Rachel is a Career Success Strategist and a member of the Udacity Careers team. She focuses on supporting Udacity students as they transition from their Nanodegree programs into the Job Market, and provides assistance as they build connections with partner companies. Rachel is passionate about helping others achieve success, and fostering growth.
“How to make the most of your Job Search?” Udacity works to answer this question throughout the course of our Career Services program. We learn about what works by working with our Alumni and with those who have gone on to have job search success.
The Careers Team organized a virtual event where Alumni were invited to connect directly with current students and share their experiences. They shared tips on how they navigated their job search, and ultimately landed a job after graduating. If you are interested in learning more, feel free to watch the event here:
Close your eyes and think back to a coach you’ve had on a sports team (or P.E. Teacher if you weren’t into playing sports). They gave you tips on how to improve, helped you be the best you could be, and cheered you on. Having a Career Coach is just like having a sports coach. Career Coaches can point you towards resources to aid in your job search, help you identify your strengths, and encourage you to pursue opportunities until you land the perfect job.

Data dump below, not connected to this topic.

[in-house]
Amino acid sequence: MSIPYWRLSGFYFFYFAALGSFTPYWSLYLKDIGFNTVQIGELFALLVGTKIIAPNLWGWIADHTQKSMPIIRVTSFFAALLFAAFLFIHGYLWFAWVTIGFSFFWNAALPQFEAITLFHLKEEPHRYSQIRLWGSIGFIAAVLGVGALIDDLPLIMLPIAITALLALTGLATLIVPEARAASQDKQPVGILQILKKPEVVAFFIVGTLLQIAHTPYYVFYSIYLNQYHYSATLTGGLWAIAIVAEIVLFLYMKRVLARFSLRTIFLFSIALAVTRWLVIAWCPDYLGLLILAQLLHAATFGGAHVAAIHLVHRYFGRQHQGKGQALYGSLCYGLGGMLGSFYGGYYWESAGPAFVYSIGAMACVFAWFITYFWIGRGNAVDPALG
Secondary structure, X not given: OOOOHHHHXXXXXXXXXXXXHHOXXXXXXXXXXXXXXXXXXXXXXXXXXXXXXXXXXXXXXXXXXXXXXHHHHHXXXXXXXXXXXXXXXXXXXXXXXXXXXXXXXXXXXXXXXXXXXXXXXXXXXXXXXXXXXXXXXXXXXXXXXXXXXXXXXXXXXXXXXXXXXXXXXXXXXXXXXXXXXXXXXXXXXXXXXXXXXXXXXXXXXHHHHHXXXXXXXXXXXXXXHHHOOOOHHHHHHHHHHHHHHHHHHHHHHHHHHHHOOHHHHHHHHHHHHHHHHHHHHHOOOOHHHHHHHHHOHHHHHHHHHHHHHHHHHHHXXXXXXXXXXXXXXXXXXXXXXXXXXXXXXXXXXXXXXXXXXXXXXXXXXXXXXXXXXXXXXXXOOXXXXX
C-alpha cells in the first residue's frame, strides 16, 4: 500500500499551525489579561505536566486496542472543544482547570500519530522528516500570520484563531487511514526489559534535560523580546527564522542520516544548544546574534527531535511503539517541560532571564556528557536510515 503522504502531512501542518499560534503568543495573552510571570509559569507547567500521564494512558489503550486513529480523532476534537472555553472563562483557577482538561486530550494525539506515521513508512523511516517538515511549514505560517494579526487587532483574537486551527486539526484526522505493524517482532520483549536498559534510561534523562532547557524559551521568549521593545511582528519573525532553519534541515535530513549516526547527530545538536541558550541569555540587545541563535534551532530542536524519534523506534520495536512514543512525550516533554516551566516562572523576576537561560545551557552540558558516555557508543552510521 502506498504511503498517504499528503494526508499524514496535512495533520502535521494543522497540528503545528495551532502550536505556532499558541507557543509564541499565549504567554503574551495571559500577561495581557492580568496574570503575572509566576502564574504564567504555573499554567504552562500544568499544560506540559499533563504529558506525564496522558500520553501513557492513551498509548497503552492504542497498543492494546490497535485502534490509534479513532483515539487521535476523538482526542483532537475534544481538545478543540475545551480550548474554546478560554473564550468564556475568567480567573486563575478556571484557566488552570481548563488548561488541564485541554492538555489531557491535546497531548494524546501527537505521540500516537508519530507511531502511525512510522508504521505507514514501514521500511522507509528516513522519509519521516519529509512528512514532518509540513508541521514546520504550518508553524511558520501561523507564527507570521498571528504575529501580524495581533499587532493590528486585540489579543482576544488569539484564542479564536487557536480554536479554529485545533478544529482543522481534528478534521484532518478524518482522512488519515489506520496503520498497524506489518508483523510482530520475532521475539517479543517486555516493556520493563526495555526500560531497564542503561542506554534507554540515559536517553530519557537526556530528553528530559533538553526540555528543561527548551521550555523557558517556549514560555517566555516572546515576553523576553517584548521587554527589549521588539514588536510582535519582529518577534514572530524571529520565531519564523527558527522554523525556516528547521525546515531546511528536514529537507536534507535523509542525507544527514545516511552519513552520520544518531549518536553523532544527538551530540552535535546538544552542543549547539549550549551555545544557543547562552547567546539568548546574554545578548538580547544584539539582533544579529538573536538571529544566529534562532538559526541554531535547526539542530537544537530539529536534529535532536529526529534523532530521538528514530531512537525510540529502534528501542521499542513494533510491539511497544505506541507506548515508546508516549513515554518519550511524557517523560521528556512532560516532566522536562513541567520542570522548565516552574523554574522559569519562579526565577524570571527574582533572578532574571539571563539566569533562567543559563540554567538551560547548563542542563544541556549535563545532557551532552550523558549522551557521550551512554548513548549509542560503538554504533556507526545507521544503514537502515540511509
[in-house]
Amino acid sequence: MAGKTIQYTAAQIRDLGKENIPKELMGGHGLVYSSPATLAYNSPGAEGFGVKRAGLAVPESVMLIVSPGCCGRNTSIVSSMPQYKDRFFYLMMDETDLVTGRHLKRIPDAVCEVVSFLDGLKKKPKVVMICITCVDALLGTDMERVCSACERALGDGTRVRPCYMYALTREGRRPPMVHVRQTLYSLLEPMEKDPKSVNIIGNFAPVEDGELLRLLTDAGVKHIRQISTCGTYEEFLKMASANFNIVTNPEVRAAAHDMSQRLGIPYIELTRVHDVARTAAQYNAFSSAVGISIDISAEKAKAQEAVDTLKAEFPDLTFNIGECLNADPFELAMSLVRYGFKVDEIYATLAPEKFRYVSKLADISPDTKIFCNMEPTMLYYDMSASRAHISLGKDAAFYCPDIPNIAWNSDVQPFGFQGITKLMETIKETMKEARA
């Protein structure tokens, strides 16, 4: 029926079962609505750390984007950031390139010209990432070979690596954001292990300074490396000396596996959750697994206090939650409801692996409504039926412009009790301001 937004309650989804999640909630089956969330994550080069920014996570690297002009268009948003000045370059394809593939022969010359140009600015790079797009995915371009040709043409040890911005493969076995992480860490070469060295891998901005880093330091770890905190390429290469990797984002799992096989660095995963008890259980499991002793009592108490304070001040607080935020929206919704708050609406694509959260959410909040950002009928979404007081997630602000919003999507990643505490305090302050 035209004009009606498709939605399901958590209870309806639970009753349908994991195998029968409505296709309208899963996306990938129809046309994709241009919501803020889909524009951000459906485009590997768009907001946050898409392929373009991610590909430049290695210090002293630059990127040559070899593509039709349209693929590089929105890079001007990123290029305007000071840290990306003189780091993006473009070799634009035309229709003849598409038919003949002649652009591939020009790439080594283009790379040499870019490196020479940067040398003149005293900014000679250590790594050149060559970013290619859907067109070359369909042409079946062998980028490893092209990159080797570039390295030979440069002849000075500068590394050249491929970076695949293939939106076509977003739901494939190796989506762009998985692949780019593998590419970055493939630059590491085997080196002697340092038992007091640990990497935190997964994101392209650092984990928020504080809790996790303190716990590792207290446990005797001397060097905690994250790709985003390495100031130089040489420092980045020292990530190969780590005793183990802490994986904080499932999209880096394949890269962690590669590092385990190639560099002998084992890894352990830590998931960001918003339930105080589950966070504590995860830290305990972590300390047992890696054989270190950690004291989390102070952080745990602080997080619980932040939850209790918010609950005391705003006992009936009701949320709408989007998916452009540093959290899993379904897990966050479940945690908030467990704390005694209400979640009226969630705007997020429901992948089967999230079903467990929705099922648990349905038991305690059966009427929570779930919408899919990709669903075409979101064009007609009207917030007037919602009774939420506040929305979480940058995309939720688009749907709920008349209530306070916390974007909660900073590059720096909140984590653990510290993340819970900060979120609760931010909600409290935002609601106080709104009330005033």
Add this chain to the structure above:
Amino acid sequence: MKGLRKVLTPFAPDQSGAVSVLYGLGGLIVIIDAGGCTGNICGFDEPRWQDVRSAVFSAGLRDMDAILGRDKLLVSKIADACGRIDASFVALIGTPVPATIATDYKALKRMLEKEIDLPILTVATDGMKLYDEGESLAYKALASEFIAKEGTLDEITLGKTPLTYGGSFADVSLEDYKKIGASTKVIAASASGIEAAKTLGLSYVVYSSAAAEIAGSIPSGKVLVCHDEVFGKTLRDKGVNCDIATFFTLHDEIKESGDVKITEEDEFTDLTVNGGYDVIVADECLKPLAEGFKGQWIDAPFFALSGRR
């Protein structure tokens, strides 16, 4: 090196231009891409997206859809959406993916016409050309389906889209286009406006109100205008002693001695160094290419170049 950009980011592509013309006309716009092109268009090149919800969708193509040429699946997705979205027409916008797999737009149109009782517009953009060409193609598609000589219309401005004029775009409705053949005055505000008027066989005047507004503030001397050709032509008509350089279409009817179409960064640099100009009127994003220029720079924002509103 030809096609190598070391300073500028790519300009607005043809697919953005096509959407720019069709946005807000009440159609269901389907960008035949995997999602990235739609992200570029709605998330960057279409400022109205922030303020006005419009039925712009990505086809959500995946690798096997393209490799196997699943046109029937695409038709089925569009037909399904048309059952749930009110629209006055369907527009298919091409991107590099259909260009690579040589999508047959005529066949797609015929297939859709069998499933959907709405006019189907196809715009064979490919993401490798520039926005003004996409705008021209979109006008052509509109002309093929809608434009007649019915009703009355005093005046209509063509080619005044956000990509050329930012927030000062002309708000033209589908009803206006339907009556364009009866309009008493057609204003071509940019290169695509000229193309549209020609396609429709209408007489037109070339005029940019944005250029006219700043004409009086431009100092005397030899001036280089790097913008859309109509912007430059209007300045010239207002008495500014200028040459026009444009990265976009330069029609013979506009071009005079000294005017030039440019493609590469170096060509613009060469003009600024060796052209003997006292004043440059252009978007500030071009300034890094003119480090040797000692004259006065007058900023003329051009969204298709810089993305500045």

Every significant achievement has a story behind it. That’s why we call them success stories! Our personal success stories are an important asset when it comes to career advancement. But while we’re often quite good at highlighting our successes, we’re not always so good at telling the stories behind them. However, it’s often the “story”—and our ability to tell it well—that ultimately sets us apart from the crowd.
Tip: It’s called a “success story” for a reason! Succeeding is not enough, you have to tell the story too!
Recruiters and hiring managers face crowded fields every day, and often the candidates they’re reviewing have very similar skills. So they look for other differentiating factors. In addition, these same recruiting teams often don’t have the same technological knowledge as the candidates they’re reviewing. So again, they look for something that does resonate with them. Finally, it isn’t just about skills. There’s more to being the right candidate than that. So what else is there?